Full moons occur when the Sun and moon are on opposite sides of Earth. Their aligned gravitational forces combine to generate higher high tides and lower low tides. Spring tides with more extreme tidal ranges result.

But what particularly causes spring tides during a full moon?

During a full moon, gravity from the Sun pulls one way, and gravity from the moon pulls the other way. The ocean’s waters get stretched between these aligned pulls, creating exaggerated tides called spring tides.

High spring tides reach higher heights, while low tides plunge to lower lows during a full moon. Coastlines see greater rises and falls in water levels than normal. This is due to additive gravitational forces exerted on Earth by the straight-line alignment of the Sun and full moon.

The moon’s gravity alone causes tides daily. But full moons amplify the effect due to increased gravitational forces between the celestial bodies. This results in more dramatic tidal fluctuations.

How Does a Full Moon Affect Tides?
Source: pixabay.com / Photo Contributor: ELG21

Appearance of a Full moon

Illumination of the entire lunar surface

During a full moon, the entire side of the moon facing Earth reflects sunlight fully. None of the far side or dark side is visible to us. We see a completely sunlit lunar disk shining in our sky.

This occurs because the moon’s position is directly opposite to the Sun from Earth’s perspective. The alignment allows sunlight to fall on the whole moon visible to us down here. Making it glow bright for the duration it faces Earth, fully lit up by the Sun.

Brightness and visibility during the night

Full moons appear dazzlingly bright, up to 10,000 times brighter than a half moon. This is because the entire visible area is reflecting light toward us. During a full moon, the entire illuminated side faces the Earth, providing ample moonlight that can affect the visibility of stars and other celestial objects.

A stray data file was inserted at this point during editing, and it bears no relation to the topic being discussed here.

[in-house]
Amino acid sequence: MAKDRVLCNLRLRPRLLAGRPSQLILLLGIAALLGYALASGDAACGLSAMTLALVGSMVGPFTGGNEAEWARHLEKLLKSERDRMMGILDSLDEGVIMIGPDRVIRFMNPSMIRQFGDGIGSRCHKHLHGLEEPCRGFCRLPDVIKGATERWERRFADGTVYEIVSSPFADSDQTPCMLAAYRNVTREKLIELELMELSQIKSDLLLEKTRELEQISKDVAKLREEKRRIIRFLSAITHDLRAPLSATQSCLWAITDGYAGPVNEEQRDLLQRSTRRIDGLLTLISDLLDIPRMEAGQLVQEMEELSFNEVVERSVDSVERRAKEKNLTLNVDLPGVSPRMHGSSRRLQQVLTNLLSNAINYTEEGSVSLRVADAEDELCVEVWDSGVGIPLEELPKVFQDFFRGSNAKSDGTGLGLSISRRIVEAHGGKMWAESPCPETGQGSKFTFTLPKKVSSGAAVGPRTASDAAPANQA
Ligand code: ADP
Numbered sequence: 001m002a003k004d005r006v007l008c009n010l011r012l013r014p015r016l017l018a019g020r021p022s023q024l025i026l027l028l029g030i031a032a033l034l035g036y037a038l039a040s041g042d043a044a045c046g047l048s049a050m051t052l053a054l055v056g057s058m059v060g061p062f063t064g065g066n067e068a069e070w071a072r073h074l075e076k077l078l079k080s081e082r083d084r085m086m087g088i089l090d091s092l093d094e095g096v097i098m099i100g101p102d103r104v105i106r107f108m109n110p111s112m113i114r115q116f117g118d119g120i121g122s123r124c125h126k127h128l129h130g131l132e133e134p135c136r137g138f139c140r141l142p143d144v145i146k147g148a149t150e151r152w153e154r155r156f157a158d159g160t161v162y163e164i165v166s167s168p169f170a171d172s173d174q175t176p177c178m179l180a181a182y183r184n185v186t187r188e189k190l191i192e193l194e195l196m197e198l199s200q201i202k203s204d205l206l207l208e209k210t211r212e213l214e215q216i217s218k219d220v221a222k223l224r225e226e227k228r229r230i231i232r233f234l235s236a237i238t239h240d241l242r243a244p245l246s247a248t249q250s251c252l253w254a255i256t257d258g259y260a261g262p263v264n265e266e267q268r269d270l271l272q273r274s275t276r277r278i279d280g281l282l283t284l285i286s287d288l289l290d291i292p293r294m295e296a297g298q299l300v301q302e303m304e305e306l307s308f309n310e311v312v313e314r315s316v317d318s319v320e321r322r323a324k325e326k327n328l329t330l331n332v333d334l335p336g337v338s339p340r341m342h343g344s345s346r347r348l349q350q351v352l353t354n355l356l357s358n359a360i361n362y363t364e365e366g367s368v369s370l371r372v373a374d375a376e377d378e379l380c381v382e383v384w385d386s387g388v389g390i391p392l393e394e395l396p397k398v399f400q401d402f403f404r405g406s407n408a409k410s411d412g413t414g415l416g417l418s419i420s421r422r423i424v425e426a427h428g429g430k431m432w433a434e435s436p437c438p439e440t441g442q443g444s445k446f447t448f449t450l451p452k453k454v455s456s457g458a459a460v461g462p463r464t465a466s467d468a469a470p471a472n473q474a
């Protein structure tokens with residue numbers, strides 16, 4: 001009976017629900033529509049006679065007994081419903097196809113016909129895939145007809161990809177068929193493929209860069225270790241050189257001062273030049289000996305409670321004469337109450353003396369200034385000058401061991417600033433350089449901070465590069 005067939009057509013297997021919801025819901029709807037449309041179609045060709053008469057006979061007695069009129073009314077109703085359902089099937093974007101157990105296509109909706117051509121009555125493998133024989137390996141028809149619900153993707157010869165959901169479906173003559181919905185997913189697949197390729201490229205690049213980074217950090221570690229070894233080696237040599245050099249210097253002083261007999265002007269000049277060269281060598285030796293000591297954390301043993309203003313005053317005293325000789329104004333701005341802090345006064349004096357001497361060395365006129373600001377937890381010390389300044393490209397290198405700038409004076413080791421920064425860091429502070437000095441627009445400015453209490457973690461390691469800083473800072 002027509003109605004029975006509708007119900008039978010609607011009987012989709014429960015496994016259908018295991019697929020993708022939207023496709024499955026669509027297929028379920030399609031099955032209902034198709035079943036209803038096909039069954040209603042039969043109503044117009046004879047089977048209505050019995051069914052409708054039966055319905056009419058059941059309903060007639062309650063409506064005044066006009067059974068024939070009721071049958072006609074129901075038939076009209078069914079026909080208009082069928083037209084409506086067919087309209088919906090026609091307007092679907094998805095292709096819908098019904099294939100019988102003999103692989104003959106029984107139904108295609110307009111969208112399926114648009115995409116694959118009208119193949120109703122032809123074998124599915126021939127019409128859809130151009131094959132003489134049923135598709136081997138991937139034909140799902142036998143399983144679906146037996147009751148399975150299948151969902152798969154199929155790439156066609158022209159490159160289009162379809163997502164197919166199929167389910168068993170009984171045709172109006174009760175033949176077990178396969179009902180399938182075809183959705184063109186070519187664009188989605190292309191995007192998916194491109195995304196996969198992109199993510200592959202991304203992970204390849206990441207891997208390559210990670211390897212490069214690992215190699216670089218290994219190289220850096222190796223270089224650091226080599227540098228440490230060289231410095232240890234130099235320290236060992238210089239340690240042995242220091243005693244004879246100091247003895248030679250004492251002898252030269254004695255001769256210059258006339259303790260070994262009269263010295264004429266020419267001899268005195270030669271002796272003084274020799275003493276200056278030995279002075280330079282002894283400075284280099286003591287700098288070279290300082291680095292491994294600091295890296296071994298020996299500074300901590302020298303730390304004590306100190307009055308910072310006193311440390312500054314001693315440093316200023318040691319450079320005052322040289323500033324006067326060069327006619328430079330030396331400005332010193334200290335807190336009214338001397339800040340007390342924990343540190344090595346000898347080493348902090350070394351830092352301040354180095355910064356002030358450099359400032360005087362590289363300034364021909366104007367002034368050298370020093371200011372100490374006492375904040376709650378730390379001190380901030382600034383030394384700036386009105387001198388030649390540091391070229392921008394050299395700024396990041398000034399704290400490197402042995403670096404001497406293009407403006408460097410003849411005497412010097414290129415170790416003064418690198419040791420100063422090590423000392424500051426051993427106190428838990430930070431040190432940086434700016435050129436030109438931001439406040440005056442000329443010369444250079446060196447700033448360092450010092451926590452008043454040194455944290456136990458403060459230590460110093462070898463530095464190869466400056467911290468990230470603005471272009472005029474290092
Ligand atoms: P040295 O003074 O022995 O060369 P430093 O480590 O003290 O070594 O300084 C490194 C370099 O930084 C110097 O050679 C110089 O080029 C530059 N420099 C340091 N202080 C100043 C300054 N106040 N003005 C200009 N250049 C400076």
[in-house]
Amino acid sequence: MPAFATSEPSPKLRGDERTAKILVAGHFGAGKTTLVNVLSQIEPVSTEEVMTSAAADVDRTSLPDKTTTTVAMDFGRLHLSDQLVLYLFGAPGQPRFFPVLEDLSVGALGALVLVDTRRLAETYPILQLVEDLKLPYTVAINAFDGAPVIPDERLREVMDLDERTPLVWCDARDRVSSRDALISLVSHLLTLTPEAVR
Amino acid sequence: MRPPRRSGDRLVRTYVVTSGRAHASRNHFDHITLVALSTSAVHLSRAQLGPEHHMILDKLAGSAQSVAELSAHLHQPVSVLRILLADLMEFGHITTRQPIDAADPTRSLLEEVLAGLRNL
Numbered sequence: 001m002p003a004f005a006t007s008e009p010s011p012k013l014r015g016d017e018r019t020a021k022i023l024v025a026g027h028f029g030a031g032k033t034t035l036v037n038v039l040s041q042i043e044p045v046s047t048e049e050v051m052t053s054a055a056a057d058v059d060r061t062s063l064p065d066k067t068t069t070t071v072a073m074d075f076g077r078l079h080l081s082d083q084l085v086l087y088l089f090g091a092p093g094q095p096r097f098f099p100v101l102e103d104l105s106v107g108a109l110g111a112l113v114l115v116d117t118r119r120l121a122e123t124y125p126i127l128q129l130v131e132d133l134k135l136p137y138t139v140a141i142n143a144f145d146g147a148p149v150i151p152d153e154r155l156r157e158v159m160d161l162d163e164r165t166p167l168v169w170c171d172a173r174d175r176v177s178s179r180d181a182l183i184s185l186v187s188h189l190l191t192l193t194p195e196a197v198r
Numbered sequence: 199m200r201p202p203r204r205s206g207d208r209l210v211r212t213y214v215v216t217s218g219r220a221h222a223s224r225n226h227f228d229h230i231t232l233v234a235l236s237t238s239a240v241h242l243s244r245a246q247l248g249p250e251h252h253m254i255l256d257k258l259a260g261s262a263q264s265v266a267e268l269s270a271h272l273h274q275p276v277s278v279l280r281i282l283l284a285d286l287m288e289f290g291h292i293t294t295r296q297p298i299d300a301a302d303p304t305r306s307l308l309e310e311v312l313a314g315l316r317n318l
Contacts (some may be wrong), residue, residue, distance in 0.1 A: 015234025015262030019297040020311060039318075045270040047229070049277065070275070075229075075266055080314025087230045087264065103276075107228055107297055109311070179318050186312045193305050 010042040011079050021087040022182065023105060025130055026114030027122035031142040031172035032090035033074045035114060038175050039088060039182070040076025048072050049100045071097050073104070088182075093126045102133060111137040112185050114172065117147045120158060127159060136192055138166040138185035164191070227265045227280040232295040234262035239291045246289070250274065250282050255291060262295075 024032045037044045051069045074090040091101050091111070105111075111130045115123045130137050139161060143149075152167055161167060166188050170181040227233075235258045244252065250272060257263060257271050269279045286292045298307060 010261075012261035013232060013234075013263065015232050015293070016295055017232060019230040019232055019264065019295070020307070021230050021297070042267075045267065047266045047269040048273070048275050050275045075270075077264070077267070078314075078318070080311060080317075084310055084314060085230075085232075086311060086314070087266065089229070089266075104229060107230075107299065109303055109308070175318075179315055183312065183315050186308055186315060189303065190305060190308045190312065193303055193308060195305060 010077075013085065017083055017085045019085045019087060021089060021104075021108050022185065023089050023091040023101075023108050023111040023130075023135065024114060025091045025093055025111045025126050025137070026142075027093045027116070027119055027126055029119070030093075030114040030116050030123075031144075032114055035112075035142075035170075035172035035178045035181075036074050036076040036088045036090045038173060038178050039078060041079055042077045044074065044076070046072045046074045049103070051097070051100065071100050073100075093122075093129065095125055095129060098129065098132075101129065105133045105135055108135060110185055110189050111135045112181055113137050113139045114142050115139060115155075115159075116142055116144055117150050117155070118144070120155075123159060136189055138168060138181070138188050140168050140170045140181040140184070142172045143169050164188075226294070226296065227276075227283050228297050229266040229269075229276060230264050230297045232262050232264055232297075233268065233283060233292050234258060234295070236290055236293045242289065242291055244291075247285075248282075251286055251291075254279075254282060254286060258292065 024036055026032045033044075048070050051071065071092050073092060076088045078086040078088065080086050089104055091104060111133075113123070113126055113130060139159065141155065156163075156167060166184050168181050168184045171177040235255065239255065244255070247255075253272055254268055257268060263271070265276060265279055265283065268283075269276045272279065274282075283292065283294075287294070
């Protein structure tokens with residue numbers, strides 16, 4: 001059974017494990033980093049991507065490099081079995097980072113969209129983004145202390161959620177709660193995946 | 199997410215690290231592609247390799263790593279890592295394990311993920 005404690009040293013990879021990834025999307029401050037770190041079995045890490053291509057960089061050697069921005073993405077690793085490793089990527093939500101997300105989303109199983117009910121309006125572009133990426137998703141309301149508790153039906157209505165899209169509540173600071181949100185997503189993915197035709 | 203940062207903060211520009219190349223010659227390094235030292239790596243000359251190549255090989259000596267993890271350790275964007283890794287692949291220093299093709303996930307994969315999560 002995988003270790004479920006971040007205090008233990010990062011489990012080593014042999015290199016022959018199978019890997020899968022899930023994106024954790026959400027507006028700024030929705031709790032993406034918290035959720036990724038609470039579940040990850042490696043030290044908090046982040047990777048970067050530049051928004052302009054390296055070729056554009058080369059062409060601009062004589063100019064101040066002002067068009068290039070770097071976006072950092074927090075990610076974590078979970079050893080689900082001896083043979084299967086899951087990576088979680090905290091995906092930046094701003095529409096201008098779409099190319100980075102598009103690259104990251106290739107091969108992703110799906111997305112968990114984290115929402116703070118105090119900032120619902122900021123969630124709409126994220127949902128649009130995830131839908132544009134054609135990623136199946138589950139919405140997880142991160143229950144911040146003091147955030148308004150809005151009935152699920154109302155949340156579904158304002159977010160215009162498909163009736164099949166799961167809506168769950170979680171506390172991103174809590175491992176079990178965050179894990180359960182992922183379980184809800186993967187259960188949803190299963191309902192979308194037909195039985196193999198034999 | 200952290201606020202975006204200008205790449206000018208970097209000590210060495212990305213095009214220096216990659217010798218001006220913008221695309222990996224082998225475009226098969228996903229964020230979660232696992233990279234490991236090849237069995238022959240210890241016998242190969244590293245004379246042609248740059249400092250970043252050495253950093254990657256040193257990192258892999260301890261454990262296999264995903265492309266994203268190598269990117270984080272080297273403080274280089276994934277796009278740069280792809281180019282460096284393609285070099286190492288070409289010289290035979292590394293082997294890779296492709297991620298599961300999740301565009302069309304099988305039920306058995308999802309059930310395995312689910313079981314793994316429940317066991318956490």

Perception of the full moon’s size and color

When low on the horizon, the moon can seem vast and orange-hued. But when there is high overhead, differences are harder to discern. This optical illusion results from our relative perception of terrestrial objects.

In reality, supermoons are up to 14% larger in the sky. Other full moons differ little in size or color, beyond appearing bright white when directly overhead compared to yellowish when nearer the horizon.

Lunar Orbit and Full Moon Timing

Synchronization of the lunar cycle with the solar calendar

The lunar cycle does not perfectly match our Gregorian solar calendar. Some years, we see 12 full moons, other years have 13. The third full moon in seasons having four is called a blue moon instead of the usual 12 per year.

Variances in the timing and appearance of full moons

Full supermoons can arrive 14 hours sooner than expected due to orbital speed changes. Perigee full moon supermoons also appear up to 30% brighter with up to 14% larger size than average full moons in the night sky.

While full moons all illuminate the entire facing lunar surface, their rising/setting position affects their vista differently. When low over the horizon near sunset or sunrise, light scattering in Earth’s atmosphere can create amber to blood-red-hued full moons.

Variances in the Timing and Appearance of Full Moons
Source: pexels.com / Photo Contributor: GEORGE DESIPRIS


What is a full moon? A full moon occurs thanks to the intricate dance of angles, orbits, and alignment between the sun, the Earth, and the moon. Here, we defined the precise conditions necessary for that brilliant, entirely illuminated lunar face to shine down on us. 

From supermoon visuals to the monthly tie-in with tidal flows, we dove into the multifaceted science behind the scenes of a full moon display. 

We hope you now grasp how the moon’s revolution around Earth intersects with Earth’s around the Sun to create the spectacular sight of a full moon illuminating the night about every 29 days. May its magic and mystery continue to enter skywatchers and science enthusiasts alike!

Luna Spacey

Luna Spacey

Luna Spacey, a distinguished space researcher, earned her Ph.D. in Astrophysics from MIT, specializing in exotic matter near black holes. Joining NASA post-graduation, she significantly contributed to the discovery of gravitational waves, enriching cosmic understanding.With a 15-year stellar career, Luna has numerous published papers and is currently spearheading a dark matter research project. Beyond her profession, she’s an avid stargazer, dedicated to community science education through local school workshops.Luna also cherishes hiking and astrophotography, hobbies that harmoniously blend her admiration for nature and the cosmos, making her a revered figure in both the scientific and local communities.

Recent Posts


735 Bessie Ave, Thunder Bay, ON P7E 1X4, Canada


(807) 555-9322



© 2024 My Space Museum